Britain’s ambassador to Sudan was away from the war-torn country on a break when violence broke out, officials have confirmed. Giles Lever – previously deputy head of mission in Kabul, Afghanistan – was one of several diplomats who took annual leave during Ramadan, when fighting erupted in Khartoum. His second-in-command was also on holiday at the time.
Meanwhile, up to 4,000 desperate British nationals are understood to be stranded in Sudan, where more than 400 people have been killed.
The Britons include 71 NHS doctors who say they have “lost all hope” of being evacuated.
The Foreign Office was said to have been taken by surprise when violence erupted following a power struggle between Sudan’s de-facto leader, General Abdel Fattah al-Burhan, and Rapid Support Forces chief General Mohamed Hamdan Dagalo.
Officials had believed fighting was unlikely in the lead-up to Eid, the Muslim festival celebrating the end of the Ramadan fasting period.
Prime Minister Rishi Sunak has chaired an emergency Cobra meeting in an attempt to secure the evacuation of trapped Britons in the African nation.
Foreign Office minister Andrew Mitchell has told MPs the safety of UK citizens in Sudan was the Government’s “utmost priority”.
He said: “Our ability to support British nationals has not been impacted by the relocation of British embassy staff.
“The evacuation team will continue to operate from a neighbouring country alongside the Foreign Office in London. We are asking all British nationals in Sudan to register their presence with us. The roughly 2,000 registered with us already are being sent – sometimes with great difficulty – at least daily updates by text and email.
“This step helps enable us to remain in contact with them whilst we find a safe passage from Sudan.”
British troops flew to the Port Sudan, on the Red Sea on a reconnaissance mission yesterday.
But it does not mean a rescue is imminent. The 500-plus mile route to Port Sudan from Khartoum, where most Britons are thought to be, is long and difficult. The UK is understood to be preparing warships HMS Lancaster and RFA Cardigan Bay to evacuate thousands.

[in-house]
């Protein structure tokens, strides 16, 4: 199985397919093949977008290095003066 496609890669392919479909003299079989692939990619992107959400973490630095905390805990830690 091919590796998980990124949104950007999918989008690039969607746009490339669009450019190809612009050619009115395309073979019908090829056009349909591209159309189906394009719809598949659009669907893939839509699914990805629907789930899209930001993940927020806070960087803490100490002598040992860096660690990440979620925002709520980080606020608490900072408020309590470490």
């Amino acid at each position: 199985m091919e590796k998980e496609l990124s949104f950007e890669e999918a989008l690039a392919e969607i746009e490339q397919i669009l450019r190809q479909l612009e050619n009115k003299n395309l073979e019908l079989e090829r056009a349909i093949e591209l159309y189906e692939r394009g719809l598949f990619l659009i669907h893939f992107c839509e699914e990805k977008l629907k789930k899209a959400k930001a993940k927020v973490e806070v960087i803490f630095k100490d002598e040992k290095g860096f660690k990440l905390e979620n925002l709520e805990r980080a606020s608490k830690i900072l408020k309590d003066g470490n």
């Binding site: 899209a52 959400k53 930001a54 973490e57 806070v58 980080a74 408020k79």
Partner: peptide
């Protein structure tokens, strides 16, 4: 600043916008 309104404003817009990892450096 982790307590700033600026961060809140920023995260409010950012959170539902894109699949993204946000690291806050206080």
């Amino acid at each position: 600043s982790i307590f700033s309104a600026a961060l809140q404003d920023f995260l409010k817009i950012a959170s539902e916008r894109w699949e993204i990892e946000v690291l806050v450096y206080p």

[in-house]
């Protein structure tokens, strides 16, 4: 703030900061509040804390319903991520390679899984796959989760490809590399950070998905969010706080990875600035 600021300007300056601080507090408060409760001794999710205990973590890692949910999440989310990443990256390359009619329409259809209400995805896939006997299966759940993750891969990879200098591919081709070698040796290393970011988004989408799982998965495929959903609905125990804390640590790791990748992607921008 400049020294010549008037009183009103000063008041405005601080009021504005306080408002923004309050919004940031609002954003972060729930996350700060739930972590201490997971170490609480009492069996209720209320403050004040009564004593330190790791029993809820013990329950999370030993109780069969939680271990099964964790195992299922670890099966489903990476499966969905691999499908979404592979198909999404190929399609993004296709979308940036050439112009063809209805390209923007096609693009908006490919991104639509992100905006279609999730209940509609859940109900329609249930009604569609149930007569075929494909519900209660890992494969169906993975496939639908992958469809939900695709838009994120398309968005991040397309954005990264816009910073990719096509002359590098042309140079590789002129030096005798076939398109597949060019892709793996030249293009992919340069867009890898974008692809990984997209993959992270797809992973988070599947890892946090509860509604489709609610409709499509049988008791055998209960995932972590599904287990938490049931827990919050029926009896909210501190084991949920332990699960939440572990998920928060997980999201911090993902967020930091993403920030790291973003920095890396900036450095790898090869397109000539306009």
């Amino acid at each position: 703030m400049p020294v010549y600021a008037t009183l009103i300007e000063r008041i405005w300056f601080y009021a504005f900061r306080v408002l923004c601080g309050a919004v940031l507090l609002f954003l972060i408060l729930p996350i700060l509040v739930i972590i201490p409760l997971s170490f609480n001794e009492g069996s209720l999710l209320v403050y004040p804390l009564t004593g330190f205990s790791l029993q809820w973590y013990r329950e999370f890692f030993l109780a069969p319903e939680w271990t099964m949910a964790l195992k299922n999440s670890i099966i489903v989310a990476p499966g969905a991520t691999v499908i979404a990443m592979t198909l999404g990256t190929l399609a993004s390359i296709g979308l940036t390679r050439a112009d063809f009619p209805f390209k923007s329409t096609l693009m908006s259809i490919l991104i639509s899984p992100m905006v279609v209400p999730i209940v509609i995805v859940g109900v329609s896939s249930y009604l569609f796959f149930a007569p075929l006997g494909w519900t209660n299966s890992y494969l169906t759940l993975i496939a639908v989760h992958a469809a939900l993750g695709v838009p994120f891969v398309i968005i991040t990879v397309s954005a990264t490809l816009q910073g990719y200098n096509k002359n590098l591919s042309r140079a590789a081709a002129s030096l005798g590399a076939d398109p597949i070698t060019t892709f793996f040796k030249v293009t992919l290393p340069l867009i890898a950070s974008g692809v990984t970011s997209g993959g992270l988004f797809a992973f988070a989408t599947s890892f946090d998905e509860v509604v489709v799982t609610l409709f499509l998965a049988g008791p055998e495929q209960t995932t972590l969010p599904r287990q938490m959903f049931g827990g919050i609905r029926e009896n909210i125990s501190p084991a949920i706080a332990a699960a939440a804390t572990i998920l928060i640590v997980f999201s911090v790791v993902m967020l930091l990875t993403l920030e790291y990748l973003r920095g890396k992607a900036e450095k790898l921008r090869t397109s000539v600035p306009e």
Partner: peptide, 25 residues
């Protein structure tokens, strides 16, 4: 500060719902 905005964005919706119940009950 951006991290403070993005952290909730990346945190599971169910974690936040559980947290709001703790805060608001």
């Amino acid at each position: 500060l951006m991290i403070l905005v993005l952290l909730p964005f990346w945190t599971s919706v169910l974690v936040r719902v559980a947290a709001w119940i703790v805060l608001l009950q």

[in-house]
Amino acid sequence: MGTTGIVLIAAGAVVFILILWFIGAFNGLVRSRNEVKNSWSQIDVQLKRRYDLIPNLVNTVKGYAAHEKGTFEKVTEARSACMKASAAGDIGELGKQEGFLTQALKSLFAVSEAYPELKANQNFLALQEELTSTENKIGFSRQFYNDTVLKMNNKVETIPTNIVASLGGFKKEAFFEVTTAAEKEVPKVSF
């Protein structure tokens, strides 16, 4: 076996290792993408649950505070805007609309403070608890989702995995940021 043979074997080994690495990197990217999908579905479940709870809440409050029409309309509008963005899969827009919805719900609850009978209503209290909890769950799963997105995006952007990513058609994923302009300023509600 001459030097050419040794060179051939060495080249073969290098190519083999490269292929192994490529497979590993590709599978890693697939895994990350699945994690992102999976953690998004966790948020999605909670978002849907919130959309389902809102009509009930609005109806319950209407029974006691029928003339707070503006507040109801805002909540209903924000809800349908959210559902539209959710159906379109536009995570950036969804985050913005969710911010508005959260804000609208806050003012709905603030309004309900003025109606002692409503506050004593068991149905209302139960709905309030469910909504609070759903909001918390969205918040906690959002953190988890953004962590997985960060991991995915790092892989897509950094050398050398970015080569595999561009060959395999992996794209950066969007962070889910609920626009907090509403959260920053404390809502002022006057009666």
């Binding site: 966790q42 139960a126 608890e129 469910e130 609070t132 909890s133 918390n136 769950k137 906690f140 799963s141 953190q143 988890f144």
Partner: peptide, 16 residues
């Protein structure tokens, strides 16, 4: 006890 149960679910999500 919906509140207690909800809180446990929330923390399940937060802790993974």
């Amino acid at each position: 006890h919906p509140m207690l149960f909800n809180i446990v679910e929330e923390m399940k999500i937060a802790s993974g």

It has been confirmed that five British citizens were among 199 evacuees from Sudan who arrived aboard a Saudi Arabian ship at the country’s Naval Base in Jeddah yesterday.
Cecille El-Beleidi from the British Consul-General said: “A number of British nationals have made their way from Sudan to Jeddah. They have been met by British diplomats and are receiving the full consular services.”
The stranded NHS medics begged the Government to act fast. They formed a WhatsApp group as the conflict escalated. But Dr Reem Taha, 35, a junior doctor in South Yorkshire, said she had lost contact with most of them when the internet went down.
She said: “I think they have lost all hope. The last communication I had from one doctor on Sunday evening was that he was thinking of fleeing through Egypt.” Tory MP Alicia Kearns, who chairs the House of Commons Foreign Affairs Committee, warned: “Time is running out. We need to do the evacuation now.”
Mr Mitchell said the Government was exploring all evacuation options but it was “critical” warring parties agreed a ceasefire to establish a safe corridor out of the conflict zone.
Germany, France, the Netherlands, Italy, Sweden and Jordan have also mounted rescue flights.
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